I doubt many of us want to be uplifted. Being uplifted can feel all wrong when so many are suffering. I do think many of us want to feel respected, honored, affirmed, comforted. I hope this little project will help to fill that need.

So to see the poem each week, you can click on the Subscribe link at the top of the page, enter your email, and you’re good to go. Or just visit here on Thursdays. Of course, we’ll never use this email list for anything but sending you content from the blog.

Namaste, Shalom, Amen, Whatever. Here’s the first poem:

 

While the Dog Sleeps

November the first: Cold.
The last gangs of geese flying
through the gray of the day.
It’s the birthday of Stephen Crane.
On this date, Michelangelo said yes
to the Pope and gathered his brushes.
At the church next door, the choir
is rehearsing. There is nothing
I want to rehearse. Recently I’ve
been realizing, “If that didn’t exist, I
would never miss it.” I say it a lot.
But not about you. We put isinglass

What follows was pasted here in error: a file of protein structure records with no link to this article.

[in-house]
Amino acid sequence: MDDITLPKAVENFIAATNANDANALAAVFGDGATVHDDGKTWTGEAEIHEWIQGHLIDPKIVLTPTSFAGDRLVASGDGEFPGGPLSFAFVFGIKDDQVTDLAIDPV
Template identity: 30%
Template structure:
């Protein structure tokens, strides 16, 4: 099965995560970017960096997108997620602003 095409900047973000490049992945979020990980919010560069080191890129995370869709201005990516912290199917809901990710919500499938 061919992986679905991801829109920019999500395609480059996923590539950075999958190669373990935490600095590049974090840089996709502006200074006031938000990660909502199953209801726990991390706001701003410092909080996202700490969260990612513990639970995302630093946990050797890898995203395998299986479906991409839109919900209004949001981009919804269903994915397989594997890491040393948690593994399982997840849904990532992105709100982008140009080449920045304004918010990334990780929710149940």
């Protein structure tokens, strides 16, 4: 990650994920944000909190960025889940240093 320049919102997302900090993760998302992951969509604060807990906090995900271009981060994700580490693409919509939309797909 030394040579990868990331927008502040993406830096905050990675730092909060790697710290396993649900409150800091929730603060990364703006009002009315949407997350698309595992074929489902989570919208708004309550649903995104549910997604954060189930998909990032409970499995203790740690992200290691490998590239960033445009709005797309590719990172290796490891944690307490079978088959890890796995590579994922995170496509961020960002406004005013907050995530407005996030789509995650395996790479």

over the screens on the porch so we
could sit there in sweaters, take the time
to see what was in front of us. Now
“tomorrow” is a strange word, “now”
even stranger. “Yesterday” makes sense
but not much of it is true. Our dog still
keeps sleep. I imagine him dreaming
La dolce far niente. When asked
if I miss what I did for forty years
I like to say, “That never existed.”
Now here on the porch I take in the light
crossing the last leaves doing their slow
dance in the breeze, watch the chickadees
at the feeder, once in a while glance at
the sundial we set in the shade of the redbud.

–Jack Ridl

Published in  The Louisville Review, October 2015

 

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Click here to subscribe to receive Jack’s poems and news in your inbox.

Click here for Jack’s entire collection, In Time — poems for the current administration.

Click here to watch Jack’s TedX talk.

And, of course, click here to visit ridl.com, check out what Jack’s been up to, maybe say hi!